“Starting from scratch”: migrants return to Venezuela because they could not enter the United States

Two planes from Panama, each with around 70 migrants on board, landed at Simon Bolivar airport in Maiquetía, which serves Caracas, AFP found.

Another, carrying some 300 migrants, arrived shortly before midnight from Mexico. By evening, another hundred had returned.

Alejandrina González runs to hug her son, Yorvis Carrasquel, upon seeing him arrive at the terminal.

The 25-year-old sports an “I love you mom, dad” tattoo. He says he “emigrated to seek a better life, to seek a better future, but that didn’t happen.”

Now all he has to do is “work and move on”, he adds, resigned. “We fall and we get up”.

Like many other migrants, he crossed the dangerous Darien jungle, between Colombia and Panama, to try to reach the United States and seek asylum there.

On October 13, the US Department of Homeland Security (DHS) announced that Venezuelans who illegally cross the US border will now be automatically deported to Mexico.

– “Five days in the jungle” –

In return, Washington promises to establish a humanitarian program to immigrate legally directly from Venezuela. It must concern 24,000 Venezuelans.

Washington hopes to slow down the pace of arrivals. Since October 2021, 155,000 Venezuelans have entered the United States through the Mexican border, a number that has tripled in the space of a year.

More than six million Venezuelans have left their country since 2015 according to the UN, in the face of the authoritarian regime of Nicolas Maduro and the economic slump.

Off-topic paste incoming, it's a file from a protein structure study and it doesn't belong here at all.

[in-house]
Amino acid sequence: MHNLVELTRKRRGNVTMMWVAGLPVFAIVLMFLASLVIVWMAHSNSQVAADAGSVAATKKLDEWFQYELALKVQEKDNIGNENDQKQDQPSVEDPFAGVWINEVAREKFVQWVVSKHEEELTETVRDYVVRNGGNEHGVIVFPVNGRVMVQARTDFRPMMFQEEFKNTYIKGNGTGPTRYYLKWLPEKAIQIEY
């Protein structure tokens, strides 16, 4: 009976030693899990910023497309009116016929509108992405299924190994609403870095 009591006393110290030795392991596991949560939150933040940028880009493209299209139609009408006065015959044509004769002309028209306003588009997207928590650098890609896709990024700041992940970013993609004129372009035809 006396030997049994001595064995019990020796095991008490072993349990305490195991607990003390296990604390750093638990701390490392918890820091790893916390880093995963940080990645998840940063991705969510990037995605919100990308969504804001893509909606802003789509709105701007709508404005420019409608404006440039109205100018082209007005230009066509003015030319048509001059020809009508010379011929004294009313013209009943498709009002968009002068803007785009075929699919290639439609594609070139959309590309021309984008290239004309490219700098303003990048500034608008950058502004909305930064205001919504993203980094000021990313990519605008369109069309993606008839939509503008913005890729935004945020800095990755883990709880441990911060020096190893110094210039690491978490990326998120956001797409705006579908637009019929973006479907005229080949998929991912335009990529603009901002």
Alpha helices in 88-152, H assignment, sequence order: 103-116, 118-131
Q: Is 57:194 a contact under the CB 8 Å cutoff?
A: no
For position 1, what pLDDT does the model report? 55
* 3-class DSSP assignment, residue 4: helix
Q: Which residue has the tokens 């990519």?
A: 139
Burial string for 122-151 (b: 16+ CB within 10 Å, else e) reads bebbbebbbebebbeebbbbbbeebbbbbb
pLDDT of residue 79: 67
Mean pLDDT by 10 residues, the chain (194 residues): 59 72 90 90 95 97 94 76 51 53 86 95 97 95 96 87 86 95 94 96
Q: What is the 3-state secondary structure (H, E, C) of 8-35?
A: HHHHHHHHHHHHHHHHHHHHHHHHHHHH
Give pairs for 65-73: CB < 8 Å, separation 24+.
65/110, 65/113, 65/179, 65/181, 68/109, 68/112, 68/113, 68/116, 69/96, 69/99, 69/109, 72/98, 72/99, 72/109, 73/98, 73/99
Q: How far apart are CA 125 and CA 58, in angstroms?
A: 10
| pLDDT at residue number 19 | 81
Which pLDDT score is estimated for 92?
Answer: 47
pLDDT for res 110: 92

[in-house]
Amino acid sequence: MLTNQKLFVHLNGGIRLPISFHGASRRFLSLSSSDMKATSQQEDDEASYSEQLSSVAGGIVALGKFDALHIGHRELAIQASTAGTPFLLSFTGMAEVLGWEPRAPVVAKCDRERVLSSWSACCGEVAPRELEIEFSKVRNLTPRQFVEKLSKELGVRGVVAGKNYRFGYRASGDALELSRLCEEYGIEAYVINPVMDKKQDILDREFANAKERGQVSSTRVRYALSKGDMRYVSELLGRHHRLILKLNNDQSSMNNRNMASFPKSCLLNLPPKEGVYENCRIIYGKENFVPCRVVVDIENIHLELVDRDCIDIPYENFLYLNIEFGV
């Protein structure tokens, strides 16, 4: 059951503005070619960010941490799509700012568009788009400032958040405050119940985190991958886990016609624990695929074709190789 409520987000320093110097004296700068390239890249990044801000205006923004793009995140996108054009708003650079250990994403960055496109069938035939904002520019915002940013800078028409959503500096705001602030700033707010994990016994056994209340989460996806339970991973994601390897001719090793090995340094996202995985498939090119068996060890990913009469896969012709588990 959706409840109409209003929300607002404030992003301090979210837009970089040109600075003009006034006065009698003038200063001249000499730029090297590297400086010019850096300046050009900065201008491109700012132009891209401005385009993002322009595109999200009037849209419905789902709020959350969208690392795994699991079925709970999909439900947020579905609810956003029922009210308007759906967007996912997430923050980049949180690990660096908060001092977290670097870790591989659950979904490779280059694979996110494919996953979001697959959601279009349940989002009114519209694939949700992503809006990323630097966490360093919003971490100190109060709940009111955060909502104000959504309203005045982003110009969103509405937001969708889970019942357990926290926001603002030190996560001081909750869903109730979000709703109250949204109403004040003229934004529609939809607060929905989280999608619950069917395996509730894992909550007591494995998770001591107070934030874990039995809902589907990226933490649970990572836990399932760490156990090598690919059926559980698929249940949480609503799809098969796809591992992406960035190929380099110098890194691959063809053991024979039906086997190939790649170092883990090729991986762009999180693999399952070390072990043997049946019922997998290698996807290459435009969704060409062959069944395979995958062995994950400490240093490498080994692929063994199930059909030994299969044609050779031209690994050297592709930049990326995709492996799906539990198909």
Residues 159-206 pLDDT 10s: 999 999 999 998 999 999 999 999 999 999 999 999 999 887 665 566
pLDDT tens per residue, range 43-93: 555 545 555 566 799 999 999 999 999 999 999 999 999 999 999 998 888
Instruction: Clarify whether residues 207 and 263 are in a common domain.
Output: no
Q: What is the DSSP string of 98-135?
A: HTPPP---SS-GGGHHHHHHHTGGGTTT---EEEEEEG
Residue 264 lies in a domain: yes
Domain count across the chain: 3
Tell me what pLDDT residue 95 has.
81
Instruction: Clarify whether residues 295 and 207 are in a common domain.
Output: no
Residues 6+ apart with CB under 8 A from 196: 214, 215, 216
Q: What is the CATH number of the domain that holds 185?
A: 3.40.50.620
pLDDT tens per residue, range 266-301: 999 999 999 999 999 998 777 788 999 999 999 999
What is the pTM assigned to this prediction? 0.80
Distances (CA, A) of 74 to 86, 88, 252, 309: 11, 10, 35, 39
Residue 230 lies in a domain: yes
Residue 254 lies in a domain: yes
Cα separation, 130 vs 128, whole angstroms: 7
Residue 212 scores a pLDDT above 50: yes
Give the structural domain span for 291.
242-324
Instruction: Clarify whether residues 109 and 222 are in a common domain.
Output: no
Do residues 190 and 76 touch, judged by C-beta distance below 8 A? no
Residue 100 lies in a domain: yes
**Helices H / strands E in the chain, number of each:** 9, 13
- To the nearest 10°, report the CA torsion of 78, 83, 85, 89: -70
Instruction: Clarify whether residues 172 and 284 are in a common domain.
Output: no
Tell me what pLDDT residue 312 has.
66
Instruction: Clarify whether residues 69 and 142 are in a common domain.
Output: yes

Many initially found refuge in other Latin American countries. But the flow to the United States has recently exploded. Washington, which no longer has diplomatic relations with Caracas, has so far allowed Venezuelans to be admitted to the United States to file an asylum application.

The new policy of Democratic President Joe Biden’s government has taken 21-year-old Emmanuel Montero by surprise. He decided to return to his country from Panama.

“We had already crossed four countries, we were in Honduras”, he explains. “We stayed five days in the jungle, we took the shortest route which is also the most expensive”. “Everything was going really well”, despite a “difficult” passage due to the rain through the Darién.

Now he doesn’t know what the future will hold. The economic situation is complex. He spent the $300 he had left to pay for his return.

– “The American dream” –

Many of these Venezuelans had to sell their possessions to finance their trip to the United States.

Jorge Luis Piñeda, 39, a taxi driver, sold his vehicle to live “the American dream that everyone is looking for to earn a little more and give a little more” to his family.

He arrived at the border between Mexico and the United States on October 19, after the change in migration policy. He intended to surrender to US authorities and be able to stay.

“We said to ourselves + well, we’ll see what happens + and they chased us” to Mexico, he explains to AFP before boarding a special flight from the Venezuelan state company Conviasa which will take him cost $210.

He considers having been “cheated” by the United States and prefers to return because he cares about his family. He doesn’t think he’ll try again.

“We are going to start almost from zero,” says Ernesto Laitano, 24, a native of Maracaibo (north-west) on the Colombian border.

Tells him that he sold his car and his house to pay for the trip and left on September 25, with about fifty people from his neighborhood.

Last week, around 20 Venezuelans had already returned from Guatemala. And even more migrant returns are expected.

Source: AFP

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